Highlights in Chemical Biology

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Tackling rogue tumour cells

13 January 2010

Scientists in the US have developed a way to track down and destroy tumour cells in blood. Cells which detach from primary tumours can circulate in the bloodstream and finally settle in another area of the body. This spreads the disease causing metastatic cancer, which is a major cause of death amongst cancer patients who appear to have been successfully treated. Now Chang Lu from Purdue University, West Lafayette, US, have used a technique called electroporation to selectively purge these circulating tumour cells from the blood. 

In electroporation, an external electric field is applied to a cell, creating numerous nanoscale holes in the cell membrane. These holes, or pores, allow foreign objects, such as drugs, to enter the cell and can eventually lead to cell death. Lu's team passed cells through a microfluidic channel and found that tumour cells were substantially more susceptible to damage by electoporation than healthy red or white blood cells. 

Electroporation technique

A flow-through electroporation technique studies different responses of blood cells and tumor cells to an electric field

Lu says that the simplicity and speed for treating cells makes it a very attractive method. 'We envision that our technique can be applied to destroy residual tumour cells in the blood after the removal of primary tumours. This practice will potentially decrease metastasis-related deaths,' he adds.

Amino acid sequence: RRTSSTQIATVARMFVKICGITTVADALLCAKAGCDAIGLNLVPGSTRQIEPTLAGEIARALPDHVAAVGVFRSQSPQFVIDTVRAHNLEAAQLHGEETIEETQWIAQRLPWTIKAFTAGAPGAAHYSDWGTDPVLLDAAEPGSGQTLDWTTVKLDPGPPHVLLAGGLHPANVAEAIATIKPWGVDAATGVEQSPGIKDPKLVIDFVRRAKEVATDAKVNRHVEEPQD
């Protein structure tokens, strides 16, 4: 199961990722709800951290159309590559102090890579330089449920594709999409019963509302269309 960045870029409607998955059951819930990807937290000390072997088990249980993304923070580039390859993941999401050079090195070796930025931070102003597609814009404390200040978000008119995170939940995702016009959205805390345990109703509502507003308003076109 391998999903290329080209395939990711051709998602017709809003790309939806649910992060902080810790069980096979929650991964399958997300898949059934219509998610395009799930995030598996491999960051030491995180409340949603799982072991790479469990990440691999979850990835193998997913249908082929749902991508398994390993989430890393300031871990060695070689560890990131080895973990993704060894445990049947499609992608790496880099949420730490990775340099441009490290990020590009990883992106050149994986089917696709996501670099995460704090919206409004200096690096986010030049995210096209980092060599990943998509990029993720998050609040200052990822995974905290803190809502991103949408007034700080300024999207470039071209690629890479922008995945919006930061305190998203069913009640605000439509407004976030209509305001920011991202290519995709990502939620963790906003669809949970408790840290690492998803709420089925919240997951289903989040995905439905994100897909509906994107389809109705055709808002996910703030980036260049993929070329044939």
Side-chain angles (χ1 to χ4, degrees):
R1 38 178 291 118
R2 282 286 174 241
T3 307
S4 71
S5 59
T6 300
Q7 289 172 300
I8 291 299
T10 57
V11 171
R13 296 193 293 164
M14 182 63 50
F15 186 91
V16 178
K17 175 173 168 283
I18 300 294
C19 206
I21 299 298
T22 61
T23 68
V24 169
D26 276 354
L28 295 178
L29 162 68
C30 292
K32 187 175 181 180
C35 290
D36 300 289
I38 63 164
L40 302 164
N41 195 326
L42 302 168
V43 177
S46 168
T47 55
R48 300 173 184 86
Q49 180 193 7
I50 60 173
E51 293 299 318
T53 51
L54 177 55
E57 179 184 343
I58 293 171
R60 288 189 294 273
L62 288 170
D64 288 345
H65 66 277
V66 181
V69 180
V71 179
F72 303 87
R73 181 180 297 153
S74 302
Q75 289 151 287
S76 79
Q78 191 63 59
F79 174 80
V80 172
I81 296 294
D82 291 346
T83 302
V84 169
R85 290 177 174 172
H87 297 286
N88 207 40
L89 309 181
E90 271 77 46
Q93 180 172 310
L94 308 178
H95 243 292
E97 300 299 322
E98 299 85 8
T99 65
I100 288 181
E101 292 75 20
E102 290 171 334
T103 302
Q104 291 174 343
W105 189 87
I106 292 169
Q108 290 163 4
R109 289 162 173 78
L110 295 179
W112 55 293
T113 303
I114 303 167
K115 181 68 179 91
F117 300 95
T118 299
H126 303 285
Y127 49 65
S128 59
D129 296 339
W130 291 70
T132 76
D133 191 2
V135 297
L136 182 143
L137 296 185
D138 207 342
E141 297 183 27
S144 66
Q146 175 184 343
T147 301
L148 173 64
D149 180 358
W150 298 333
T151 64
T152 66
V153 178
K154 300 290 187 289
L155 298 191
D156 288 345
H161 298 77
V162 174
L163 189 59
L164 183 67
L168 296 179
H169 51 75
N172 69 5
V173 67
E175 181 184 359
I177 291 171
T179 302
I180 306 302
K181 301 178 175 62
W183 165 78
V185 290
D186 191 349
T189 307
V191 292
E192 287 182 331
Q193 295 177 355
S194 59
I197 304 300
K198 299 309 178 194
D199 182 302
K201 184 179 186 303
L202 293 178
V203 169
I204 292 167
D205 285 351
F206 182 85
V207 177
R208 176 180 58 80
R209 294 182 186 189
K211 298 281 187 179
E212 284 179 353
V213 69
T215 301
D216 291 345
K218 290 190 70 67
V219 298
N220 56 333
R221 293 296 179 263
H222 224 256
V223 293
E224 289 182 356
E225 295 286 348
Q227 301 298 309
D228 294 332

Tilak Jain, an expert in electroporation at the Scripps Research Institute, La Jolla, US, finds the work innovative and exciting, saying 'combined with existing chemotherapeutics it could lead to a powerful dual attack force against circulating cells.' 

Lu and colleagues are now turning their attention to proving the clinical value of their technique, in particular preserving the viability of white blood cells during the process. 

Hilary Burch 

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Link to journal article

Microfluidic electroporation of tumor and blood cells: observation of nucleus expansion and implications on selective analysis and purging of circulating tumor cells
Ning Bao, Thuc T. Le, Ji-Xin Cheng and Chang Lu, Integr. Biol., 2010, 2, 113
DOI: 10.1039/b919820b

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